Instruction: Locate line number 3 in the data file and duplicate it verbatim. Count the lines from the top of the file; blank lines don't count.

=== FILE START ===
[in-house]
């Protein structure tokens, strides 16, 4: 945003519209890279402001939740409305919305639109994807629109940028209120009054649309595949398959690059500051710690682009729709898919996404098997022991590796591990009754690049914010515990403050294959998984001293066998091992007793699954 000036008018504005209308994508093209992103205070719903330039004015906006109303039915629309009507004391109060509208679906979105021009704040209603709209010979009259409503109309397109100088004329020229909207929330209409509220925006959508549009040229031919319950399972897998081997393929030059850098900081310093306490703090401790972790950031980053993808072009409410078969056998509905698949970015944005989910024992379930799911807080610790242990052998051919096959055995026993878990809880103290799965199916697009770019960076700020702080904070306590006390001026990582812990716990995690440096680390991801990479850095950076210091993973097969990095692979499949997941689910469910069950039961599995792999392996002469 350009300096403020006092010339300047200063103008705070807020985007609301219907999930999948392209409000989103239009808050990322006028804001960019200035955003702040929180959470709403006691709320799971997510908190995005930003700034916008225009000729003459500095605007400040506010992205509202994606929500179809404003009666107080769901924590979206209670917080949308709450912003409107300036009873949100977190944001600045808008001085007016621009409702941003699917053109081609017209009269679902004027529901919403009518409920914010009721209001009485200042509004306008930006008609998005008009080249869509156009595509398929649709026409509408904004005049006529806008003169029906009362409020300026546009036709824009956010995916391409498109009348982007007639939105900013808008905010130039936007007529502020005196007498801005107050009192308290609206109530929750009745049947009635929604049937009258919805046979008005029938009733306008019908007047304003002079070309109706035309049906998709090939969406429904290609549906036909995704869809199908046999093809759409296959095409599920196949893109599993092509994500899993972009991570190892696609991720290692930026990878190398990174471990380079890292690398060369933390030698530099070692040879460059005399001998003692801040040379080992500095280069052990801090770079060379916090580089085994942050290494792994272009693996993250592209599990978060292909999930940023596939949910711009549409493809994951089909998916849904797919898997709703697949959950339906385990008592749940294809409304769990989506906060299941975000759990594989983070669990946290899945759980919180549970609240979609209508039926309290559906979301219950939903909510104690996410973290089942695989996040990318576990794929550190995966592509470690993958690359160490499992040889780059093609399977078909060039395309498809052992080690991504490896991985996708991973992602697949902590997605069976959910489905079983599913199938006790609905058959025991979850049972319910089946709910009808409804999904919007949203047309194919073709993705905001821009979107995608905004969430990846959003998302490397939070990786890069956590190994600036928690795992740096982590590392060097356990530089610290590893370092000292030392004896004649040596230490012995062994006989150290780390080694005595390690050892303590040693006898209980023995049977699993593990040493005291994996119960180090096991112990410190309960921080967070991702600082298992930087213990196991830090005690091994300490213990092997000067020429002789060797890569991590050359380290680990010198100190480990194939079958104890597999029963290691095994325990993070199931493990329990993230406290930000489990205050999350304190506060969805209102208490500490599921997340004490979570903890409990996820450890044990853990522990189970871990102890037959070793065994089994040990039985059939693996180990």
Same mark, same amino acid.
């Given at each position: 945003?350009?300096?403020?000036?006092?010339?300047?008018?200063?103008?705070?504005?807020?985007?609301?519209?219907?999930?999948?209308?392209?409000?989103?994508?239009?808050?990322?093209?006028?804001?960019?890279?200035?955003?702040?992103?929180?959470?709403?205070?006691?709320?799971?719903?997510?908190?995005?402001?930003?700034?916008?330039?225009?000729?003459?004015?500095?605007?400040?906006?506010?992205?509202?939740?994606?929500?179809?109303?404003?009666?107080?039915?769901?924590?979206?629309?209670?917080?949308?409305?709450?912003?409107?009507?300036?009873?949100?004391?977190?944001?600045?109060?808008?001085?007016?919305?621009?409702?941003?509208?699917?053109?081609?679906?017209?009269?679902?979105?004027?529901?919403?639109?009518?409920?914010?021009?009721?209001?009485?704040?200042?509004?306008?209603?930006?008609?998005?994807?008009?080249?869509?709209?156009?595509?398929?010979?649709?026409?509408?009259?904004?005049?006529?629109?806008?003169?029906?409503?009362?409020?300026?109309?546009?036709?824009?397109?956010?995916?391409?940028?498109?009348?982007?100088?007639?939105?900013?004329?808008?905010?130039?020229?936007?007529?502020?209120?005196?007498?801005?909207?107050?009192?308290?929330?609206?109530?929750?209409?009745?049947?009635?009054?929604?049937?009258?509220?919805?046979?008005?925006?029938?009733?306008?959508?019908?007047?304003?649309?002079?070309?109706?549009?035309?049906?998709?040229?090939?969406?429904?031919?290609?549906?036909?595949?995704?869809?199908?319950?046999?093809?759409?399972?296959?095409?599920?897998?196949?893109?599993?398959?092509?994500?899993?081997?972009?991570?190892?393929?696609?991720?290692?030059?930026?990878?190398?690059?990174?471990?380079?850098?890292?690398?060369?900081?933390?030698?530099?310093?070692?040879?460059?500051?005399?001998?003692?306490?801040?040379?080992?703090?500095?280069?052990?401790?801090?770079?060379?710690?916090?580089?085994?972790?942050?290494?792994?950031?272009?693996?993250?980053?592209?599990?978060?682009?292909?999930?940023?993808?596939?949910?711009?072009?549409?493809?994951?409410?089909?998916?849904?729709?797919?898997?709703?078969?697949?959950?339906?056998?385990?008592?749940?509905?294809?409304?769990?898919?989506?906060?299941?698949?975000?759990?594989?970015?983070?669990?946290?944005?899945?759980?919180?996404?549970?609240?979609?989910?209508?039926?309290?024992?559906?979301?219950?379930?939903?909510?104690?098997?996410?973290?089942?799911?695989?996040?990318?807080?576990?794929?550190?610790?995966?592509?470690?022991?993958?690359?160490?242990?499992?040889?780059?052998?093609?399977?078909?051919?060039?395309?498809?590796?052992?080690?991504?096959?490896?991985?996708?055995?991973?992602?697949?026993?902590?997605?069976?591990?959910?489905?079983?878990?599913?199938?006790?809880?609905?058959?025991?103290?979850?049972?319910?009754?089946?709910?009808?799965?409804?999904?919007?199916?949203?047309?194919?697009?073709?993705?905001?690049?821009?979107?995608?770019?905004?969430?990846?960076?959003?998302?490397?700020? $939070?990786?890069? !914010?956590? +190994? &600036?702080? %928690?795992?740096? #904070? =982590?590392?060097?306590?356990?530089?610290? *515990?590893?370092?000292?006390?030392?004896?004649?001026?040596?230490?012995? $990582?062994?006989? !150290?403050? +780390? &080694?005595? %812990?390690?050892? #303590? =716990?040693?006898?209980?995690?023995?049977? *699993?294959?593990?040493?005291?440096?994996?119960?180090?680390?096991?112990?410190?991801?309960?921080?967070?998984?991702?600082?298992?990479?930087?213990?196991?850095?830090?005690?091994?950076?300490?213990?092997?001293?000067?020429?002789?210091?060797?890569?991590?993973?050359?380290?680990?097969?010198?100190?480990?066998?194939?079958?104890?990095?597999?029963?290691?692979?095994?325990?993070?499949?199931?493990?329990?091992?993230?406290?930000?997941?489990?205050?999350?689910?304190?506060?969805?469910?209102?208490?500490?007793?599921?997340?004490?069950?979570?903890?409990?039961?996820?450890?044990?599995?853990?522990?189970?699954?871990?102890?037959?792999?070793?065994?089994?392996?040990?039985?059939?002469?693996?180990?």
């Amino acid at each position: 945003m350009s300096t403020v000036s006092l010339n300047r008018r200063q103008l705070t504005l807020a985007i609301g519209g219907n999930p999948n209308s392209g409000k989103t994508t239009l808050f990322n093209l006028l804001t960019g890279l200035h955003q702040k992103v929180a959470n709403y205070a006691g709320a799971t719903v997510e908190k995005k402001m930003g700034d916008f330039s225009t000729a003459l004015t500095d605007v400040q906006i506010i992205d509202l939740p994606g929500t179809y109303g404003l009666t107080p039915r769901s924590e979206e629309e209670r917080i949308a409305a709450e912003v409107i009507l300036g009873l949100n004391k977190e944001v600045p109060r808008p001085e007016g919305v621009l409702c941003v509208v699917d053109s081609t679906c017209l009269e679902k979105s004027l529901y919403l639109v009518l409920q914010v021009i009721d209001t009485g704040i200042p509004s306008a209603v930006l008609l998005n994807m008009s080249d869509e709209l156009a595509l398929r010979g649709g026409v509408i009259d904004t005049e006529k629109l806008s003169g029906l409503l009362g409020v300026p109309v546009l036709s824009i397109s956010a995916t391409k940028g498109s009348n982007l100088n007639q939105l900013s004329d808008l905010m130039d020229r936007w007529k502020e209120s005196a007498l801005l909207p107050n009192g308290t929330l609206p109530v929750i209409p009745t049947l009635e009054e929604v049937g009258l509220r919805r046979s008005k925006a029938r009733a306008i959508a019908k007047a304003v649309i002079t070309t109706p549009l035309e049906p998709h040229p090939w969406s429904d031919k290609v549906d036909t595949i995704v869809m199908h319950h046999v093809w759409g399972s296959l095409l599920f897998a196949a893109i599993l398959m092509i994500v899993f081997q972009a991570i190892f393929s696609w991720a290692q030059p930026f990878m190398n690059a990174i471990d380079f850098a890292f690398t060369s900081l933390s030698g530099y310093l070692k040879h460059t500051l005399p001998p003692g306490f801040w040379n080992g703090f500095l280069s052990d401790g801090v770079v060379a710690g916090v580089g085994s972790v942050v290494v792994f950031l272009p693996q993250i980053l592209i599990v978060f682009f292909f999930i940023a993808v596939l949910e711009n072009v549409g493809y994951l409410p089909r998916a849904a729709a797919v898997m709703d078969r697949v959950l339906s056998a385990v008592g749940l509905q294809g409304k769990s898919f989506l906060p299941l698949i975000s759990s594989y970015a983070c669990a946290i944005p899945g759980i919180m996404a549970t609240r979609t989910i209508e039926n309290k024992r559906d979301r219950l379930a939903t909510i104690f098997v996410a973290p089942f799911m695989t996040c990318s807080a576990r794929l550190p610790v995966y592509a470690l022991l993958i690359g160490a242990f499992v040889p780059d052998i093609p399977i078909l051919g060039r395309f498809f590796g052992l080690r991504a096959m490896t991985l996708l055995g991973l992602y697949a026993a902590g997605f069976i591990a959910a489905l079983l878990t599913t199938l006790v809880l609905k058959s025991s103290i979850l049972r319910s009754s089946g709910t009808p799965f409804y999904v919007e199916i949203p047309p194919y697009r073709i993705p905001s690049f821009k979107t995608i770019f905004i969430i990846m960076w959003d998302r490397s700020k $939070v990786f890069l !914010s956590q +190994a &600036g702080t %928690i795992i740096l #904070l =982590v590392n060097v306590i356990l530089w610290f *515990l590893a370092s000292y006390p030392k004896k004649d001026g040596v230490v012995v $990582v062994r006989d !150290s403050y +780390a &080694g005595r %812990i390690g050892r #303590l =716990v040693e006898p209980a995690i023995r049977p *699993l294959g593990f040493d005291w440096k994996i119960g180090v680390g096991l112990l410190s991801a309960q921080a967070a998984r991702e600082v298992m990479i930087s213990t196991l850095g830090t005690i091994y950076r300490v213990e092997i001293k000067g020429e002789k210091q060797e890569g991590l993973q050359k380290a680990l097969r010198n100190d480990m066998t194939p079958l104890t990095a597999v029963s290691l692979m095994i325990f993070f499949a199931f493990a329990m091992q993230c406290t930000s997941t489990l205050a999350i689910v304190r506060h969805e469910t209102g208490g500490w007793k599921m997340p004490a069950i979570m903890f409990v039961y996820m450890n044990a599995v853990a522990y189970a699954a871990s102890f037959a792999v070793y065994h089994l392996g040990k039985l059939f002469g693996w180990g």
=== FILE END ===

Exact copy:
Same mark, same amino acid.